The spring rains came right on schedule, hot on the heels of the planting project, the children overexcited and imagining tulips popping up tomorrow, if not sooner, a` la Jack in the Beanstalk. I wracked my brain to think if there was a Russian folktale equivalent, such as Boris and the Beetroot, or something. The one where everyone and his uncle tried to pull out the enormous turnip (Myshka za koshku, koshka za Zhuchku…) was too pedestrian, no flight of fancy there. (I’m sure there’s many a day at your place that you have a cat holding the dog, holding the granddaughter, holding the old woman, holding the old man, holding the turnip, and finally the cat calling the mouse over to help pull….)

For our fairy tale fable, we would have to settle for the soil itself, the magical moments of turning over the eager spring earth with earnest hearts and hands. We’ll see what happens.


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4 Comments : Leave a Reply

  1. avatar Gwendolyn says:

    Hey, I’m half Italian, half English-Irish-Scots, with a culturally confused partly-Russian soul! My idea of a lovely sight? Rows and rows of green things, vegetables, fruit, flowers, growing. Our previous house had the perfect FRONT yard for that, but not the perfectly accepting neighbors.

    Our permanent home (God willing) is in the woods. We get sun on the roof, sun on the deck and sun on the driveway. I’m thinking of relocating the square foot gardens to the driveway. Vika is thinking along the same lines, it appears.

    So sing to your bulbs, (Bai-yu, bai-yu, bai-yush-ki! just don’t threaten them with the wolf or Baba Yaga!), if they don’t bloom this spring, they might bloom this autumn. In any event, if the bulbs aren’t eaten by grazing animals, they will bloom NEXT spring.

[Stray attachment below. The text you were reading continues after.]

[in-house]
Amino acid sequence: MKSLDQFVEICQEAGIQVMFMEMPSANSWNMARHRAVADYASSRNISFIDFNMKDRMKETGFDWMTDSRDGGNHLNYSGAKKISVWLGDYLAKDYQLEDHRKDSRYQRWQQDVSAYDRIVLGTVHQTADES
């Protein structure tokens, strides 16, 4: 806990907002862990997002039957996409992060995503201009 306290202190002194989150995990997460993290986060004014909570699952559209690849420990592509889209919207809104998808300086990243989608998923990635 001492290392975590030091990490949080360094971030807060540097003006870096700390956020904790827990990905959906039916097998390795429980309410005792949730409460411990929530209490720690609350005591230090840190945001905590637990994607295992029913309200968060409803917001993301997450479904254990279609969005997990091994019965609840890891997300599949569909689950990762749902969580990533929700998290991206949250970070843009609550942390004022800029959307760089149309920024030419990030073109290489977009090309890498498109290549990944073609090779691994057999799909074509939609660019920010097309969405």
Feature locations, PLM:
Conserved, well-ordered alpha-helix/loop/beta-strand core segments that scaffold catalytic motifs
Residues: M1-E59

Our kids are (I kid you not) starting tomato plants from seeds!
    And UKROP. Get that ukrop into the garden ASAP. How can a Russian live without ukrop? Chuck and I also consider potatoes, onions, garlic, beets, cabbage, parsley, tomatoes, strawberries, and currants Russian food requirements… Lots of opportunity here!

    Yesterday I told Vika that she will become a great gardener, just like her maternal great-grandfathers, the Italian and the E-I-S, and her maternal grandfather (Italian), aunt (EIS) and grandmother (Swedish).

    The gardening gene skipped me, mostly, just like the sewing gene skipped my mother and aunt.

    I’m hoping to pass the sewing gene on to my daughters. We’re working on that.

    And they are hoping to convert me to a gardener.

  2. avatar Rebecca says:

    Excited to now be able to comment on your blog! Tulips are my favorite – I hope Benedetto is right and yours grow beautifully. You’re inspiring me to attempt to garden again, although the last time I tried we wound up with carrots that were the diameter of a drinking straw. 🙁 Things are tough to grow in the desert where we live. Either that, or I really really don’t have a green thumb!

    • avatar admin says:

      Drinking straws are good… we like drinking straws… all your flavored waters can now have a carrot flavor… could be the latest health craze! I’ll have to do a Part II sometime and tell of all of the urban predators to gardens and how we’re fighting an uphill battle here, lol. Thanks for stopping by, Rebecca!